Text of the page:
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Why General Motors Is Reducing Its Fleet Sales

By John Rosevear - Dec 8, 2015 at 8:05AM

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For years, GM and its Detroit rivals sold lots of cars to rental-car companies. But recently, GM has been cutting back its sales to rental fleets. Here's why.

GM's big and comfortable Chevrolet Impala sedan has long been a rental-fleet favorite. But you might have to look harder to rent one, as GM has been cutting its sales to rental-car companies. Image source: General Motors.

Fleet sales are an important part of many automakers' businesses. Sales of multiple vehicles to commercial or government customers can be steady and profitable, and they're important markets for trucks. 

In the U.S., both Ford (F -2.72%) and General Motors (GM -1.99%) compete hard for commercial and government fleet sales -- and Fiat Chrysler (FCAU) has said that it would like to win more of that business.

But sales to rental-car fleets are a different story. GM said recently that its sales to rental-car fleets are down 11 percent in 2015. That's not lost business; it's a planned reduction.

Why is GM cutting back on these sales?

How improving used-car prices helps GM sell new cars
Automakers like to make some sales to rental-car fleets. It's profitable business, and it exposes potential new customers to their products. But in recent years, both Ford and GM have cut their rental-fleet sales considerably.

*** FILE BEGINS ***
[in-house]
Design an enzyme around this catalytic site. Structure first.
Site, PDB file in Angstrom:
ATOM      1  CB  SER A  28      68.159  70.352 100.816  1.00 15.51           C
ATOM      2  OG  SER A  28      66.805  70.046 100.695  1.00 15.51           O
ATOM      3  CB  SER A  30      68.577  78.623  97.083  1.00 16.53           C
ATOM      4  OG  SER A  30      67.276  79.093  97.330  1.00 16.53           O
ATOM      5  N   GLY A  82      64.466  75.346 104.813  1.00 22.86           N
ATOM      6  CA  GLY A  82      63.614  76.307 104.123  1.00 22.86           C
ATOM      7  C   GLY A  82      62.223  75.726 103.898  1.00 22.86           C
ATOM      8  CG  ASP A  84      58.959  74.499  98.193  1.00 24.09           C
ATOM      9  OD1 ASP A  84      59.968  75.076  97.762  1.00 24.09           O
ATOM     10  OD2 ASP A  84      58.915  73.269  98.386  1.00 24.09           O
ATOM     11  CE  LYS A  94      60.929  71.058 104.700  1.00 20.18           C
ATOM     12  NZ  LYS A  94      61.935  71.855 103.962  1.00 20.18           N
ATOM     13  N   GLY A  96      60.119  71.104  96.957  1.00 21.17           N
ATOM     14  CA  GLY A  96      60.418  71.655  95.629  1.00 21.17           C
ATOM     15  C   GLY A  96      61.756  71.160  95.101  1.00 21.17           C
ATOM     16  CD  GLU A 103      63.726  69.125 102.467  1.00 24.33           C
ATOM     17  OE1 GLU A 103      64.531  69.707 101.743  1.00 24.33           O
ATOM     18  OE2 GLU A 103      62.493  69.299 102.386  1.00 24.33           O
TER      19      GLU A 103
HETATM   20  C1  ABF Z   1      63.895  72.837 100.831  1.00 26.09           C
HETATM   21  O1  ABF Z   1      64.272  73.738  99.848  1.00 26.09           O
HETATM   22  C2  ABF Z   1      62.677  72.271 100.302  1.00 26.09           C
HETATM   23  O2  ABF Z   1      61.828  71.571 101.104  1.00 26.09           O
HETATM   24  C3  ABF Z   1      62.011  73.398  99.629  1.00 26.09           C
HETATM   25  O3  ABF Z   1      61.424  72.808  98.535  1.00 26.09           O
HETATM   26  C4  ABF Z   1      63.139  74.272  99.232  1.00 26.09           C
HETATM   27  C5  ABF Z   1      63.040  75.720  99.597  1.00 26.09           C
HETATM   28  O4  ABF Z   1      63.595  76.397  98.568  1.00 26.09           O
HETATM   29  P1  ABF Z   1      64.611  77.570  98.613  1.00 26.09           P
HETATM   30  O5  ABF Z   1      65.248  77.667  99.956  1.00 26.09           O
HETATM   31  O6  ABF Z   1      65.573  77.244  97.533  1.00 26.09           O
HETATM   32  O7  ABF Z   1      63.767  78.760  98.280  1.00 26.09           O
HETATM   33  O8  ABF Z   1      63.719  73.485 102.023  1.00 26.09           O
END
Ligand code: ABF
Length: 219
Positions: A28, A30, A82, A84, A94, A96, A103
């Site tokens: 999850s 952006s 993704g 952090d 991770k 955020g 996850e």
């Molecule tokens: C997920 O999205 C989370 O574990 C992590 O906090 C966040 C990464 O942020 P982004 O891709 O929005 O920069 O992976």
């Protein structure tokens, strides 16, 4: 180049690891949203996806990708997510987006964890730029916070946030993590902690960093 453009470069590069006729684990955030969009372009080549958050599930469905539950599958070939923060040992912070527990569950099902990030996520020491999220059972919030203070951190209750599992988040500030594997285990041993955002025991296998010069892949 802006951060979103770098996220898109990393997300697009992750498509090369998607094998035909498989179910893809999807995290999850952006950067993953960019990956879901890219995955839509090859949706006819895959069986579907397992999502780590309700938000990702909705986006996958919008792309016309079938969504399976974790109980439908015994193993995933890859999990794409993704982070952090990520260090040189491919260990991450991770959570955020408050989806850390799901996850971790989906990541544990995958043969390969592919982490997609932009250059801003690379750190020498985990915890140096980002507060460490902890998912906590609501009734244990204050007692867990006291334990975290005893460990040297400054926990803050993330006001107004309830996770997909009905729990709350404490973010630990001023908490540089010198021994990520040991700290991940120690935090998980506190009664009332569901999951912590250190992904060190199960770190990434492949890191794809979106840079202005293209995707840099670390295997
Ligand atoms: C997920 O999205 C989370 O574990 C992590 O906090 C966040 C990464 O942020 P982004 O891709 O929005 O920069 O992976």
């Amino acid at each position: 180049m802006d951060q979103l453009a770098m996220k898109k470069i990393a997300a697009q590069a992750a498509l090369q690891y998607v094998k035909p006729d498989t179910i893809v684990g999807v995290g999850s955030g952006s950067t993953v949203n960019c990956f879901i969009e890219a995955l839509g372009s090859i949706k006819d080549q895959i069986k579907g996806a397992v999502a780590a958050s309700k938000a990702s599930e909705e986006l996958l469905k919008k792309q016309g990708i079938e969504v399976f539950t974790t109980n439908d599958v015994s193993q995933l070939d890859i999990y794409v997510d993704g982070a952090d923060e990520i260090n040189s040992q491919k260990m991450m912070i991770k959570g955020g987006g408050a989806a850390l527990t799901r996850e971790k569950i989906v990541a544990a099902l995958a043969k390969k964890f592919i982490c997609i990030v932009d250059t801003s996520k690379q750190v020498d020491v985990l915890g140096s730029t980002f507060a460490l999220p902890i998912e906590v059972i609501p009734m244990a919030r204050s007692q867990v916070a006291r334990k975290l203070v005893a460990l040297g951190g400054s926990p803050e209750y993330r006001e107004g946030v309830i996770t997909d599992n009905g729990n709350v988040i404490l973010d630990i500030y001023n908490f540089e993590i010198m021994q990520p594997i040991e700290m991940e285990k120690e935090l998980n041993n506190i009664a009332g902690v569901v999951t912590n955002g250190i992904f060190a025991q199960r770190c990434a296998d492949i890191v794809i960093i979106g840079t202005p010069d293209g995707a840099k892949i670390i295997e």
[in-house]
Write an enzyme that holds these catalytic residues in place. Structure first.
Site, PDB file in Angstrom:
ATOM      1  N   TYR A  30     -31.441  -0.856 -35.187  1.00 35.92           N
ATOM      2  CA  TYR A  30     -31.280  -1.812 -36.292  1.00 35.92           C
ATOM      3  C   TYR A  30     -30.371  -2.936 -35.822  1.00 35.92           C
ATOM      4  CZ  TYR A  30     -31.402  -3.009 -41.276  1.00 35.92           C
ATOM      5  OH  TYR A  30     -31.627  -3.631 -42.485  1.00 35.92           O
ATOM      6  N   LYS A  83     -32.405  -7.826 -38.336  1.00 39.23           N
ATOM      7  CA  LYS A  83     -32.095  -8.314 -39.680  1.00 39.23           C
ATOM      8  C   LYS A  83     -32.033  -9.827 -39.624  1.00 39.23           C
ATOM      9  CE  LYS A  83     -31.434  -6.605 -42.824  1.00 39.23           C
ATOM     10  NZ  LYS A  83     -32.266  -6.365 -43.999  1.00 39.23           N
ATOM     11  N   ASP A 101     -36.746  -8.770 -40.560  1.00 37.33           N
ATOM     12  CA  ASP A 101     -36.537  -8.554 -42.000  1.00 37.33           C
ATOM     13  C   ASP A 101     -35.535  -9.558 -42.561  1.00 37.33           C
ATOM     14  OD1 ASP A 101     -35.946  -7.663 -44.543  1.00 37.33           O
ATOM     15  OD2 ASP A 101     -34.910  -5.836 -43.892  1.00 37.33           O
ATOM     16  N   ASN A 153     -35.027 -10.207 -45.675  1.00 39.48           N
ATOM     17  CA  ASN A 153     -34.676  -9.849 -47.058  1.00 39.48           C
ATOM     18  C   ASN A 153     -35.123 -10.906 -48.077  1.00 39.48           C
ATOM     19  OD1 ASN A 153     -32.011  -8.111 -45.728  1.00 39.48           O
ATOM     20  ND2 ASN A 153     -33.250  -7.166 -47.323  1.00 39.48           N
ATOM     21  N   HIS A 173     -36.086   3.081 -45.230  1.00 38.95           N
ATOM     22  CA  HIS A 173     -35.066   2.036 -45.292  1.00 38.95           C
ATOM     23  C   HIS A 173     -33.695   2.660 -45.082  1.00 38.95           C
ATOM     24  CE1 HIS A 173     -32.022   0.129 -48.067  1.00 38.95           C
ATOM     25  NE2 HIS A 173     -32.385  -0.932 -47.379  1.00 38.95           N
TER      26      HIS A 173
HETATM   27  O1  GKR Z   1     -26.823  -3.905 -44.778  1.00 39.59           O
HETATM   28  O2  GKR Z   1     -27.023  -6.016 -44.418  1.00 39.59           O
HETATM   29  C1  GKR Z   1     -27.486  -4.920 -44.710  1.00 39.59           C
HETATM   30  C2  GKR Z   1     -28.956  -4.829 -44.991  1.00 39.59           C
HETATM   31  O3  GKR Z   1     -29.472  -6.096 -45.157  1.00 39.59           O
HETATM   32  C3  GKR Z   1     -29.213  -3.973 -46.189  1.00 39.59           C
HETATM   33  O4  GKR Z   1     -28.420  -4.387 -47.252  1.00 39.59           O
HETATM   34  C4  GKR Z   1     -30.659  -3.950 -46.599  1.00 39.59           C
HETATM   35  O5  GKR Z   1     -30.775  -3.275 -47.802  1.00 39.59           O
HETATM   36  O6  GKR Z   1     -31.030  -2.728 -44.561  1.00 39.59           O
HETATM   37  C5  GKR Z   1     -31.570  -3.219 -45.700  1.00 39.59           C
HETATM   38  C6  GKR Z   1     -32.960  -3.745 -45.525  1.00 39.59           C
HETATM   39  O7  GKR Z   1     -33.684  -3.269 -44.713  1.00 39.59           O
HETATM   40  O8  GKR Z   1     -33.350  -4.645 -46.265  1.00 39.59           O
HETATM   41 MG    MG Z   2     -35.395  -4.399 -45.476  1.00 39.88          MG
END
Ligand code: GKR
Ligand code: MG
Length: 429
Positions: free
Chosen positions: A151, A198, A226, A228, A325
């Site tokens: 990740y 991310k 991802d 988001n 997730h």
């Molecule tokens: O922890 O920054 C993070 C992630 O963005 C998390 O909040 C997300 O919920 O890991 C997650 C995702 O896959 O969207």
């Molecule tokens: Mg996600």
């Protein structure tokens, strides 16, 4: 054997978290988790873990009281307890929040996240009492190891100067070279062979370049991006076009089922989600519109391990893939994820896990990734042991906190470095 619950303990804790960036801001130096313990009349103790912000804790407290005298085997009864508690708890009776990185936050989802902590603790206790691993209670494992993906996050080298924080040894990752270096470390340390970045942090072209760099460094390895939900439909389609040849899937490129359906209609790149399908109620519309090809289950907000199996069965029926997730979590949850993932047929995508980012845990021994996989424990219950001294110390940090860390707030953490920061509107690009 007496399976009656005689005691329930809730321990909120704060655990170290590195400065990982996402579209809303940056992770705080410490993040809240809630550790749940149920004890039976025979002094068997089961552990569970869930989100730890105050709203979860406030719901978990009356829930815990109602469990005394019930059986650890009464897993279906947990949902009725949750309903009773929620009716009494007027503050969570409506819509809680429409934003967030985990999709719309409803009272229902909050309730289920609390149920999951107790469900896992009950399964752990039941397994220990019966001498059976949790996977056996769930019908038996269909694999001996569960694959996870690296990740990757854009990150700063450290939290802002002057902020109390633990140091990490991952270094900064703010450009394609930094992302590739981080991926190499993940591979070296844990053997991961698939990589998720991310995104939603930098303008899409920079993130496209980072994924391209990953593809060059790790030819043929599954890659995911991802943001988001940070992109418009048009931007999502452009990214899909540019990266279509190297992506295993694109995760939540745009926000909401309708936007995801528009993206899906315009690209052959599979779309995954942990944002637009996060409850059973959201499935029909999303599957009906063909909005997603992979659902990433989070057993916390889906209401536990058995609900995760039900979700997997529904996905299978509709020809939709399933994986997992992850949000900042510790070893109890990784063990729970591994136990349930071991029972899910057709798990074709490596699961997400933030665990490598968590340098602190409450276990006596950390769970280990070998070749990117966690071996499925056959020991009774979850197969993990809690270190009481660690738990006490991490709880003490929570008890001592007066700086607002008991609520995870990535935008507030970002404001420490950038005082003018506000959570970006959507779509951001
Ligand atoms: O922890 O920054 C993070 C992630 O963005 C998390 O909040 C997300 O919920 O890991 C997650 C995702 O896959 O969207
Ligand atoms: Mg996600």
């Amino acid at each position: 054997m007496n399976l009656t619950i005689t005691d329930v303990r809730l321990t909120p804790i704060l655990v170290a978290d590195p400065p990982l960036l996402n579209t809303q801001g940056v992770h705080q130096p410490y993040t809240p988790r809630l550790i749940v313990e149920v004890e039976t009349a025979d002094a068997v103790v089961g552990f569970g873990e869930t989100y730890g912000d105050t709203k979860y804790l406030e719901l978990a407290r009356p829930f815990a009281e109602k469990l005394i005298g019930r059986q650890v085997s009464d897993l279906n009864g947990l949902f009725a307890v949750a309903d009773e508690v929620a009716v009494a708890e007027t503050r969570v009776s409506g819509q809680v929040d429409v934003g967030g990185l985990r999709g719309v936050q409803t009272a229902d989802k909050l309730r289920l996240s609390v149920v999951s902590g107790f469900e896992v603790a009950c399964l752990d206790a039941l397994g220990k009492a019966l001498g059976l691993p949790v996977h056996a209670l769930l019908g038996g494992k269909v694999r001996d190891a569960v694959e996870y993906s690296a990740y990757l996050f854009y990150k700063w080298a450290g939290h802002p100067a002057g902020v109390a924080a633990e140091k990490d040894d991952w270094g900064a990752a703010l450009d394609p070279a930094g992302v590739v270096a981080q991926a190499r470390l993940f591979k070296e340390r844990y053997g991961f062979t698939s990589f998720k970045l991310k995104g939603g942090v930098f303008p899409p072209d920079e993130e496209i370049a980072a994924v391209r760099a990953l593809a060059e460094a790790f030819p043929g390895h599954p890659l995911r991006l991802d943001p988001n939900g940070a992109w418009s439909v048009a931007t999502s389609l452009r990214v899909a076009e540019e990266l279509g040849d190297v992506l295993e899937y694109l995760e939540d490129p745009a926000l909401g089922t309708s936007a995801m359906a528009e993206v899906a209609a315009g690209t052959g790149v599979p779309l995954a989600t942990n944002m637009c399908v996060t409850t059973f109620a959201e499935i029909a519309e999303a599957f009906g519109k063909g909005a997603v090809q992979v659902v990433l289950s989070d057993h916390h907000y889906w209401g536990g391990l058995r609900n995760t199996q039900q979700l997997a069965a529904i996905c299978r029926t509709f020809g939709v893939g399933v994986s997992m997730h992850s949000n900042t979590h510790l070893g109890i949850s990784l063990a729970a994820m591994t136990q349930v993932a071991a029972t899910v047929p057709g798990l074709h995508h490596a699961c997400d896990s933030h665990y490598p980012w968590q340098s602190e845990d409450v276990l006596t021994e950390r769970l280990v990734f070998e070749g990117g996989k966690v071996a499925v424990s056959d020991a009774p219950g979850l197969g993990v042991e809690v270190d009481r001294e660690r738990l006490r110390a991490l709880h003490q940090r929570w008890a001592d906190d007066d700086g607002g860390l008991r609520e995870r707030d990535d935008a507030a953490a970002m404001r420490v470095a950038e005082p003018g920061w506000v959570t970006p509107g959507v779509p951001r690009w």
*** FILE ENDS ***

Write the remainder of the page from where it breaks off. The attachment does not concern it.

To some extent, it's because rental-car sales are less profitable than retail sales, and both automakers have worked to boost their profit margins. 

But the cuts are probably mostly related to GM's leasing efforts.

The price and profitability of a new-vehicle lease is determined by the vehicle's residual value. That's an estimate of what the car will be worth on the used-car market at the end of the lease. It's typically expressed as a percentage of the car's selling price when it's new. 

For years, GM in particular had terrible residual values. As recently as 2009, GM's average residual value was just 36.5%. (The top mass-market brands have residual values just over 50%.) That was due in part to the relative undesirability of GM's vehicles, but it was also due to the fact that the market was flooded with recent used GM products, because rental-car companies sell off their cars in bulk after a couple of years.  

GM's efforts to improve quality have helped to boost its residual values since, as have its efforts to limit rental-fleet sales. According to figures from TrueCar, GM's average residual value is now 47.02%, just shy of the industry average (48.61%).

When it comes to leasing, a higher residual value is good. It means that the financing company can count on selling the car for a good price at the end of the lease. That in turn means it can charge less for the lease itself. The upshot is that the automaker can offer a more competitive lease deal while still making money. 

With new-car prices rising, leasing can make a lot of sense
Leasing has always been a big part of luxury-car sales. But it has become more important for mainstream models as average transaction prices have increased. GM's average transaction prices hit a record $35,800 in November.

Longer-term loans have helped to get more buyers into new cars with an affordable monthly payment as new-car prices have risen. But for customers who don't want to be spending the next six or seven years paying off their new car, leasing can make a lot of sense. And thanks to its improved quality, and its efforts to roll back its sales to rental-car fleets, GM is now in a better position to profitably compete for those lease-minded customers.

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